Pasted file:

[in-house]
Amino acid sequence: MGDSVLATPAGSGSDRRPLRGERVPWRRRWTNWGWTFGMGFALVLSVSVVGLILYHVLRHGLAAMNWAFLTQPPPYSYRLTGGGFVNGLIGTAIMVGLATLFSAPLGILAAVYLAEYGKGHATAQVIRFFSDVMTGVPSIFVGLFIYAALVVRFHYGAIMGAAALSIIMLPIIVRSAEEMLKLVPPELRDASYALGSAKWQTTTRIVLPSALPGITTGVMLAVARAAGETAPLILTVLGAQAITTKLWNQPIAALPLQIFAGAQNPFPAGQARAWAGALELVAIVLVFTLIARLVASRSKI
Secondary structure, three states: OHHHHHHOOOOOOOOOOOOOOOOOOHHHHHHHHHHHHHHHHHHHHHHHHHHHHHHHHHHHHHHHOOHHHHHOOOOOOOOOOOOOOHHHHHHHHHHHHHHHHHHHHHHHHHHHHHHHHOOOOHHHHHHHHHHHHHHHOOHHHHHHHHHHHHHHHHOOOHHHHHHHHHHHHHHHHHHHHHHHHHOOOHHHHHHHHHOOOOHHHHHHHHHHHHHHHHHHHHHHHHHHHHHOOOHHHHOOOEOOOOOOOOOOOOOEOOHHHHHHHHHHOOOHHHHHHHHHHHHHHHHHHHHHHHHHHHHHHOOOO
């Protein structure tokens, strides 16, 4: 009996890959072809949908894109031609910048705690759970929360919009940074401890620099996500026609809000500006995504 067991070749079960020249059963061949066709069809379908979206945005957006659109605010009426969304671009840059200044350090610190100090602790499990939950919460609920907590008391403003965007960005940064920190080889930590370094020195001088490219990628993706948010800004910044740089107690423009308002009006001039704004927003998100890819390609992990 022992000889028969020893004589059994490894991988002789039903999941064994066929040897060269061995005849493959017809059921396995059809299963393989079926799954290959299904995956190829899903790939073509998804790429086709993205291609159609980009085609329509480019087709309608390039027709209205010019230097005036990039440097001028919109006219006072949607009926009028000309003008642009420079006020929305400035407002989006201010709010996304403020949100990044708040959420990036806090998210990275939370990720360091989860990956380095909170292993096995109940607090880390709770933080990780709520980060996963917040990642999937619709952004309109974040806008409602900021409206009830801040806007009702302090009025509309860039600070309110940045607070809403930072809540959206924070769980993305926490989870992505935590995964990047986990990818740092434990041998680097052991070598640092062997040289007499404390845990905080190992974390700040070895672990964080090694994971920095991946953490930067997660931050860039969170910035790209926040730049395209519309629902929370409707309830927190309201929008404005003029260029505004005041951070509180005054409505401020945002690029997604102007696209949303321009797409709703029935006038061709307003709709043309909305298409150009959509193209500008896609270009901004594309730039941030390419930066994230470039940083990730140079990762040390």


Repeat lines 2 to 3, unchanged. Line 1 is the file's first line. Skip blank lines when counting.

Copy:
Amino acid sequence: MGDSVLATPAGSGSDRRPLRGERVPWRRRWTNWGWTFGMGFALVLSVSVVGLILYHVLRHGLAAMNWAFLTQPPPYSYRLTGGGFVNGLIGTAIMVGLATLFSAPLGILAAVYLAEYGKGHATAQVIRFFSDVMTGVPSIFVGLFIYAALVVRFHYGAIMGAAALSIIMLPIIVRSAEEMLKLVPPELRDASYALGSAKWQTTTRIVLPSALPGITTGVMLAVARAAGETAPLILTVLGAQAITTKLWNQPIAALPLQIFAGAQNPFPAGQARAWAGALELVAIVLVFTLIARLVASRSKI
Secondary structure, three states: OHHHHHHOOOOOOOOOOOOOOOOOOHHHHHHHHHHHHHHHHHHHHHHHHHHHHHHHHHHHHHHHOOHHHHHOOOOOOOOOOOOOOHHHHHHHHHHHHHHHHHHHHHHHHHHHHHHHHOOOOHHHHHHHHHHHHHHHOOHHHHHHHHHHHHHHHHOOOHHHHHHHHHHHHHHHHHHHHHHHHHOOOHHHHHHHHHOOOOHHHHHHHHHHHHHHHHHHHHHHHHHHHHHOOOHHHHOOOEOOOOOOOOOOOOOEOOHHHHHHHHHHOOOHHHHHHHHHHHHHHHHHHHHHHHHHHHHHHOOOO